Crowley modifies fee, sparing consumers from potential ‘domino effect’ on cost of goods
Following a series of meetings with private trade groups, customers and government officials, maritime shipping company Crowley Puerto Rico Inc. agreed to modify and push back the implementation of a new “Chassis Usage Charge” that could have potentially meant an increase in prices for consumer goods transported to the island.
Effective March 1, 2013, free time for chassis usage in Puerto Rico will mirror the present 10-day free time that it will hold containers as described in the respective service contracts in place, Crowley said. After the established grace period, a charge of $15 per day for use of the chassis will apply in addition to the existing daily demurrage rates, the shipping company said.
“In this way any customer that uses the Crowley-provided equipment in an efficient manner will not be impacted, yet the cost of misusing this distinct and separate piece of equipment will be recognized,” Crowley officials said in a statement. “We appreciate the feedback we received and look forward to working together with our customers on this and future matters.”
In December 2012, Crowley, as well as several of the other maritime cargo companies that transport goods to Puerto Rico, announced the looming hike, prompting major local companies and trade groups to raise a flag warning about the potential domino effect the increase could have on prices.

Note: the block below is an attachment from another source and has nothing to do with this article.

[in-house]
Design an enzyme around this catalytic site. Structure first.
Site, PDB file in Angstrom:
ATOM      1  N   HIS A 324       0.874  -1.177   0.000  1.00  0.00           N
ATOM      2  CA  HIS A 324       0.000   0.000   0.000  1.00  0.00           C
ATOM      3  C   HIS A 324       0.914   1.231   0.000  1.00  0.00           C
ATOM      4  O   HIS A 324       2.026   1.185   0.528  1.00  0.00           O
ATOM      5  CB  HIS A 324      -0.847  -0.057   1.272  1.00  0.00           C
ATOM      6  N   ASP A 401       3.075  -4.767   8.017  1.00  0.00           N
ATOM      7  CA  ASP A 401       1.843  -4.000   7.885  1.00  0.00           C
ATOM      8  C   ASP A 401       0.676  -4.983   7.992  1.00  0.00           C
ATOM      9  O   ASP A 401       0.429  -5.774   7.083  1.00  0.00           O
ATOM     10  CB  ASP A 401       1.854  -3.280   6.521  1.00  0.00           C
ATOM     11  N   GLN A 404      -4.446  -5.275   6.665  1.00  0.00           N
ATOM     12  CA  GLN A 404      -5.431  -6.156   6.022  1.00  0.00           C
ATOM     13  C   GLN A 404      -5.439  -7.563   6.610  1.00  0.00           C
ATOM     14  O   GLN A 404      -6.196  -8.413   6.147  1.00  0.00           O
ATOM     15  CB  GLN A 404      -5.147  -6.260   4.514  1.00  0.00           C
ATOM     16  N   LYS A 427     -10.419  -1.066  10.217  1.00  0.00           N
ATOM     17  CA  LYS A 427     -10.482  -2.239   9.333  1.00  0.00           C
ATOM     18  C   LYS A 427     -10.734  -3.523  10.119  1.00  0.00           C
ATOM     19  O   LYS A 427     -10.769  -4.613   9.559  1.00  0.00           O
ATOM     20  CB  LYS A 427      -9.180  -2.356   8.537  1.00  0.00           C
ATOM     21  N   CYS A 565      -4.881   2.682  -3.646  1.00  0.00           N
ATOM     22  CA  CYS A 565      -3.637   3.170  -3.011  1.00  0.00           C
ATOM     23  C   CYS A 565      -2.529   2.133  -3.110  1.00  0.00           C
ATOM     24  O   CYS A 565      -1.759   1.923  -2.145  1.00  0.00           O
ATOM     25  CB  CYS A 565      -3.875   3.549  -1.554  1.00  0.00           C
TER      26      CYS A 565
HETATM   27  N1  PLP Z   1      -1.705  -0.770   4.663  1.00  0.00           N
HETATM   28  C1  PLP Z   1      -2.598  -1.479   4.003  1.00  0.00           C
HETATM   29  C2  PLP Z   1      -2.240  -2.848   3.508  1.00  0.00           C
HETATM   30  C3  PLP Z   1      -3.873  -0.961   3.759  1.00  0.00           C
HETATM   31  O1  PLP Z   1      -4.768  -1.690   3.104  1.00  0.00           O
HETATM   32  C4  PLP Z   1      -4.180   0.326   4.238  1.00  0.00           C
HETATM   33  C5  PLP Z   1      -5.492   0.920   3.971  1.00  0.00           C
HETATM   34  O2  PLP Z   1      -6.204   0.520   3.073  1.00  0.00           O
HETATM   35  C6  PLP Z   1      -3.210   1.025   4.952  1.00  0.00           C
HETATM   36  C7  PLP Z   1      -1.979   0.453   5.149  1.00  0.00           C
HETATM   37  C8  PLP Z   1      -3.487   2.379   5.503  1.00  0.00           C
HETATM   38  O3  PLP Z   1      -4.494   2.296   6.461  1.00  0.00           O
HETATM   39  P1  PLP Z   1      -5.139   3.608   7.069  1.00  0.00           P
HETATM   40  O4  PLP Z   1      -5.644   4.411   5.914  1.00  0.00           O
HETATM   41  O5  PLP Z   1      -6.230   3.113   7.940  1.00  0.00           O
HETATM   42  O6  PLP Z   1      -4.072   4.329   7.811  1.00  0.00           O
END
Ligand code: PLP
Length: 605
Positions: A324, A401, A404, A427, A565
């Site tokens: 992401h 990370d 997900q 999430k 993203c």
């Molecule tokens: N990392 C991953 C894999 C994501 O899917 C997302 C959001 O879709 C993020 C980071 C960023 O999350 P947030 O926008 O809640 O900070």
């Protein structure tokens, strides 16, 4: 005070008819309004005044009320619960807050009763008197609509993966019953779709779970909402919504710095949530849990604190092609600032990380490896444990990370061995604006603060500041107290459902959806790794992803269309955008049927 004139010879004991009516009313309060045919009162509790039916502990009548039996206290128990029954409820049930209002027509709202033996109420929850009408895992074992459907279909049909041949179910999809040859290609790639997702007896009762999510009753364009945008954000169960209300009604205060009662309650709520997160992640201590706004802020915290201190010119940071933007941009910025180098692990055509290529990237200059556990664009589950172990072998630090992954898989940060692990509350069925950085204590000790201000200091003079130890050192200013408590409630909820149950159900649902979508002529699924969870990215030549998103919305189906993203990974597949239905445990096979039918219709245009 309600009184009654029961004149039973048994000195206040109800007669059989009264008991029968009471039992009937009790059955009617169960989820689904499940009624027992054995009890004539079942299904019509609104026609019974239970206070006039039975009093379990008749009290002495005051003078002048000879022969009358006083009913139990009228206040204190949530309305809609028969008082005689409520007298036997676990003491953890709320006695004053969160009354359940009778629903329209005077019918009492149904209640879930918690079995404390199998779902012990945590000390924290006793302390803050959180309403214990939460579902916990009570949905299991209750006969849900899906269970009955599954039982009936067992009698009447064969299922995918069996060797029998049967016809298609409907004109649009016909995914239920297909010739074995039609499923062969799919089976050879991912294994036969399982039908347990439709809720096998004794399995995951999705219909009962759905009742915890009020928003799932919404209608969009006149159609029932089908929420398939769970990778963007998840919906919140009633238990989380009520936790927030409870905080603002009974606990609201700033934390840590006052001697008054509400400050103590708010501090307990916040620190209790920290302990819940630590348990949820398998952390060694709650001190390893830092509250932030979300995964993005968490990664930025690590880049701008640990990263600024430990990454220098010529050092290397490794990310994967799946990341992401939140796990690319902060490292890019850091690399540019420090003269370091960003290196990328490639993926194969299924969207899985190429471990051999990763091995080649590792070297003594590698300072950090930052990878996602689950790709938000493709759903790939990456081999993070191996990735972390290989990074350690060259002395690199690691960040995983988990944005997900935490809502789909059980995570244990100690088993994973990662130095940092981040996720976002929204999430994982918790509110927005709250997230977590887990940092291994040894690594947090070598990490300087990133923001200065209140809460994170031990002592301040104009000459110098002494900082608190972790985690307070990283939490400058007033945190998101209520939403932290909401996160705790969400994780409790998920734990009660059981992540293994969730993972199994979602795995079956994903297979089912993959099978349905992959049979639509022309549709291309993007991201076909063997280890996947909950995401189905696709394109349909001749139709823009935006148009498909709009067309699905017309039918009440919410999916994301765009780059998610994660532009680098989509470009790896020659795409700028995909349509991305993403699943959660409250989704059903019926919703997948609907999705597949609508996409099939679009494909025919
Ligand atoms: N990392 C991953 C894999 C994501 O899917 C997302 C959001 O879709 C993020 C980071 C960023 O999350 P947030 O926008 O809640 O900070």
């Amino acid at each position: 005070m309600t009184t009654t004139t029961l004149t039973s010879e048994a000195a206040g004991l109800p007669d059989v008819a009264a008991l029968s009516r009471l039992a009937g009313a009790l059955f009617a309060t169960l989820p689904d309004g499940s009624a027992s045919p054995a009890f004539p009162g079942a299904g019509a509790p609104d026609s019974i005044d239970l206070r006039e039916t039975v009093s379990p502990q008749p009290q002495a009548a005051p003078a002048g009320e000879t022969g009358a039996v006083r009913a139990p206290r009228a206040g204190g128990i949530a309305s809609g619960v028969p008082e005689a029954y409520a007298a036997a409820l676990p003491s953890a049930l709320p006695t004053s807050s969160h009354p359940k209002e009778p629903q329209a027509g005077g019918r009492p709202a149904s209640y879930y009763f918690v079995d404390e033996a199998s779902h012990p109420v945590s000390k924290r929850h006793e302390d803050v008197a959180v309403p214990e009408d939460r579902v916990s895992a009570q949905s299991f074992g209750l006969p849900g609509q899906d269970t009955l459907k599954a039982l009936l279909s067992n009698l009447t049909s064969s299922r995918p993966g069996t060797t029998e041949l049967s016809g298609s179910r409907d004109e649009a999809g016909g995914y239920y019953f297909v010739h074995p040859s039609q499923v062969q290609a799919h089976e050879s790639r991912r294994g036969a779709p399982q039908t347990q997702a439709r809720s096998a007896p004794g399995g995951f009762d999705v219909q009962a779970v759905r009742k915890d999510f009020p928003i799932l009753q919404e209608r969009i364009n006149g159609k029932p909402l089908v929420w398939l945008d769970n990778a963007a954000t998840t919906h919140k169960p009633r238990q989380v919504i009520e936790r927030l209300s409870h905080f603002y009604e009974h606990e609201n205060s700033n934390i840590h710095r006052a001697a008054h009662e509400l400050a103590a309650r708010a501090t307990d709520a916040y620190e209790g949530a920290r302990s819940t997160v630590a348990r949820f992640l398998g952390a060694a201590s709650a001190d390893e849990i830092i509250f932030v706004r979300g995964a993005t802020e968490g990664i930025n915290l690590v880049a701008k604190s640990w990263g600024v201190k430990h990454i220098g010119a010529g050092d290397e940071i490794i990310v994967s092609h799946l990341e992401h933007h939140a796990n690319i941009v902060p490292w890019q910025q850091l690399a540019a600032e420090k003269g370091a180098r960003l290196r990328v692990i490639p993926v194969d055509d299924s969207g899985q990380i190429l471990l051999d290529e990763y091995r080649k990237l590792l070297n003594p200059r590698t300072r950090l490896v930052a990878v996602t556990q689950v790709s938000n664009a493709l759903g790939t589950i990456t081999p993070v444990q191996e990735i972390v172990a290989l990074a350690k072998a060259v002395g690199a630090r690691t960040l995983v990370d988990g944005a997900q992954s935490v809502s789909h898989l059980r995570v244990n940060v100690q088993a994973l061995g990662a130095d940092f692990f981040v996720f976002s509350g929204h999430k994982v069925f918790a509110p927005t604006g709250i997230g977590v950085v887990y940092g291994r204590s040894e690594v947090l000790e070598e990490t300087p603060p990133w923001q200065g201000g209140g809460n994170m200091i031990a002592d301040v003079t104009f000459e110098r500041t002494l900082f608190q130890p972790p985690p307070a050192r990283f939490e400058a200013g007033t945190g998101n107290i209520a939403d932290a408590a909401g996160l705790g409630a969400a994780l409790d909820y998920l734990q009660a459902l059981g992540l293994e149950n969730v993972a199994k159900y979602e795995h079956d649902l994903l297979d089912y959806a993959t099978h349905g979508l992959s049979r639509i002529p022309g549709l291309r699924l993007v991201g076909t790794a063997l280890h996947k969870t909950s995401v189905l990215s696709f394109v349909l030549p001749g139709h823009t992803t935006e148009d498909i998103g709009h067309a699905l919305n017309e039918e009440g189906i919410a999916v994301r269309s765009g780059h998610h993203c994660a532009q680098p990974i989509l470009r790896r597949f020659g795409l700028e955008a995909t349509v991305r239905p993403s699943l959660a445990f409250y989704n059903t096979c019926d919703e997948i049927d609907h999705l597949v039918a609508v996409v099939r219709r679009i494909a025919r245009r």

Crowley handles 20 percent of the maritime cargo that arrives to San Juan.
Late last week, Puerto Rico Manufacturers Association President Waleska Rivera praised Crowley’s decision, saying they “recognized the impact their decision would have on our economic development.”
“We urge other shipping companies to follow Crowley’s example and support the industry and Puerto Rico’s economy,” she said.
Meanwhile, Ports Authority Executive Director-designate Víctor Suárez — who met with Crowley’s high-ranking local executives last week as well — also reacted positively to the carrier’s decision, but said there is work ahead with regards to the other companies that have imposed a similar charge.
“I’m pleased that the meetings to address this issue paid off. During the next week I will be meeting with other shipping companies to try to have the charge removed,” Suárez said. “At Ports we’re seeking viable alternatives to eliminate this economic burden that ultimately our people will end up paying,”
Sea Star Lines and Horizon Lines have already implemented the charge, while Trailer Bridge has yet to make a determination.